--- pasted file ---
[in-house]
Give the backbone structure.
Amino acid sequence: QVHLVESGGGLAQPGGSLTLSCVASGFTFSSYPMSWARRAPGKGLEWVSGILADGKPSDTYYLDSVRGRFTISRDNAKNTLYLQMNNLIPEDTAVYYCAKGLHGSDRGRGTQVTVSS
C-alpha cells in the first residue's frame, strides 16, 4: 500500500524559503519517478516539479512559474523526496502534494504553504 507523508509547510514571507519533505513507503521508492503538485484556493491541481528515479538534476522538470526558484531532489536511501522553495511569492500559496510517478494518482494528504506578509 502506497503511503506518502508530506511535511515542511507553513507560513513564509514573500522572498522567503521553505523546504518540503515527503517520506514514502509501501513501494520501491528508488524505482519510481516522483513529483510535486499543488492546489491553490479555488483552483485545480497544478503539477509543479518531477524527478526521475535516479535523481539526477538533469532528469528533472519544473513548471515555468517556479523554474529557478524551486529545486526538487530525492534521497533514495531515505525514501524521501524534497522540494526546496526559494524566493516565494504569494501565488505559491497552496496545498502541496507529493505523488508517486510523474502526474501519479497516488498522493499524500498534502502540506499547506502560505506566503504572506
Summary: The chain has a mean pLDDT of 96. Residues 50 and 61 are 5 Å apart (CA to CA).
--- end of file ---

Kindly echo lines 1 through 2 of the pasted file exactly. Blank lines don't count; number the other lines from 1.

[in-house]
Give the backbone structure.